We’re living in an age of ritual.
Virtue signaling seems infinitely more valued than virtue possessing.
Want to be on the politically correct side of morality? Just speak or type certain words — perhaps the perfect hashtag — and you’re greatly golden.
Gone, it seems, are the days of character — that requires, generally speaking, action.
That is to say, sacrifice.
In our modern mode, such a thing isn’t particularly prized.
One example of a virtuous veneer is the “land acknowledgment.”
It’s fashionable to begin classes, conferences, and the like with the confession of a crime — that of stealing property from its rightful owners.
For reasons unclear, the mere act of stating you’re a thief lends you carte blanche to continue the theft.
The practice is being employed at the University of Washington, but one professor recently found himself in the hot seat for applying an original spin.
Courtesy of UW’s Office of Minority Affairs & Diversity’s webpage, the following is made clear:
The University of Washington acknowledges the Coast Salish peoples of this land, the land which touches the shared waters of all tribes and bands within the Suquamish, Tulalip and Muckleshoot nations.*
The asterisk refers to the following:
*The language we use to honor place was developed over the course of several years by the UW Tribal Liaison with input from tribal elders, elected tribal leaders, attendees of the annual UW Tribal Leadership Summit, the Affiliated Tribes of Northwest Indians, UW Native American Advisory Board and others across our community. This language template is spoken by UW leadership during events to acknowledge that our campus sits on occupied land.
As relayed by The College Fix, UW “recommends that professors acknowledge in their syllabi that they are teaching on the ancestral lands of the Coast Salish people, a Native American tribe that lived in the northeastern part of the state.”
But Professor Stuart Reges began his Computer Science and Engineering 143 class syllabus thusly:
“I acknowledge that by the labor theory of property the Coast Salish people can claim historical ownership of almost none of the land currently occupied by the University of Washington.”
Not everyone was enthused:
I had the extreme displeasure of reading this "land acknowledgment" from a CS professor at my institution. pic.twitter.com/9csd52xqcH
— Christopher Chan (@chanthropology) January 4, 2022
Amid an email to the Fix, Stuart explained that — in the words of John Locke — the labor theory of property contends “you come to possess land by mixing your labor with the land (like growing crops there).”
But what about the woke theory of colleges?
Per the Fix, UW issued an email to Stuart’s students.
From Allen School of Computer Science and Engineering Director Magdalena Balazinska:
“It is extremely important to me and other faculty in the Allen School that CSE 143, and all our classes, be inclusive environments. We have now updated the course syllabus to remove the statement.”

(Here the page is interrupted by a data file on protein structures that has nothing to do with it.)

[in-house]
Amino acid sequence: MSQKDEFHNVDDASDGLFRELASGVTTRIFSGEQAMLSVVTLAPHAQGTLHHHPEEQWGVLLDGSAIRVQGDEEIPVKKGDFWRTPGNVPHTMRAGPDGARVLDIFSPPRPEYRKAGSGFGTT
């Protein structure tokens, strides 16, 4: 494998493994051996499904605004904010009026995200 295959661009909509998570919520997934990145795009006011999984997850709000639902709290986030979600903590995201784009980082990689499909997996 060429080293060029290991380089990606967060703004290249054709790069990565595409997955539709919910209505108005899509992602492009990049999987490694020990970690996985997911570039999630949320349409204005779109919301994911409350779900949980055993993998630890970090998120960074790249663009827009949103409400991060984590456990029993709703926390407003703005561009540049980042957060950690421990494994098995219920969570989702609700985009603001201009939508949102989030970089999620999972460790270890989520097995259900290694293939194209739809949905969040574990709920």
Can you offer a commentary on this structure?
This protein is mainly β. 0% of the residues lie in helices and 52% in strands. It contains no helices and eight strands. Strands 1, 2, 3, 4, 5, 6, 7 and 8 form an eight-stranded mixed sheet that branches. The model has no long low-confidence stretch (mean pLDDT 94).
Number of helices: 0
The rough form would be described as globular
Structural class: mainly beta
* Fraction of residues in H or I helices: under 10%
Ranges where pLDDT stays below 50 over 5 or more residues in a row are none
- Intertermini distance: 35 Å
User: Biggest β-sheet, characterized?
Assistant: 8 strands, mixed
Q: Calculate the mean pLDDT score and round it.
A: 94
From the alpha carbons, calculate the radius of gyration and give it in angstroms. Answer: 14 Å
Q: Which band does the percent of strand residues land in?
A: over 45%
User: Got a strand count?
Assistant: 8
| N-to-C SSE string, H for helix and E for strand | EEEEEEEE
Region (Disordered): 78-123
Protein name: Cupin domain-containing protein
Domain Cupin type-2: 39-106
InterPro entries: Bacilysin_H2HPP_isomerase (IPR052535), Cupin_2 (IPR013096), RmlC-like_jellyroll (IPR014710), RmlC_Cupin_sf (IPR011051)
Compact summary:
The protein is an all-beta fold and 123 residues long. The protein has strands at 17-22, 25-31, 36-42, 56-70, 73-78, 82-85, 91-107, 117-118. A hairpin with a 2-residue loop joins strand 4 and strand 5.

Magdalena wrote to TCF as well:
“The statement Stuart Reges included in his syllabus was inappropriate, offensive and not relevant to the content of the course he teaches. The invocation of Locke’s labor theory of property dehumanizes and demeans Indigenous people and is contrary to the long-standing relationship and respect the UW has with and for the Coast Salish peoples and the federally recognized tribes within the state of Washington.”
The school reserves the right to alter academic materials, she pointed out.
The Foundation for Individual Rights (FIRE) has asked the university to ease up.
From their correspondence with the Fix:
“The university has censored his syllabus by removing his modified land acknowledgment requirement, and created a shadow course to compete with his section. This course of conduct is retaliation in response to Reges’s views on land acknowledgments, in violation of the First Amendment.”
To be clear, Stuart is still teaching his class. However, the school has opened a different section with another instructor.
Will UW reverse its censorship? I wouldn’t bet “yes.”
It’ll be interesting to see if the principle behind land acknowledgments penetrates other robberies — maybe “I acknowledge that the money in the register doesn’t belong to me” will one day allow gun-toting thieves to go unpunished.
In New York, the point may already be moot:
ALERT: Armed robbery is now going to be filed as a misdemeanor in New York City.
— ACTforAmerica (@ACTforAmerica) January 10, 2022
As for recommended rituals, exploiting the word “Indigenous” is certainly one. Such is the heralded term for American Indians, though historians suggest they are no more indigenous than anyone else — their ancestors reportedly came to North America via the Bering Strait.
Whatever the case, land acknowledgments are all the rage.
Such signaling keeps at bay the cancellation fairy, though critics may accuse practitioners of being full of it.
If that allegation is correct — at least for now — maintaining rectal righteousness is highly advised.
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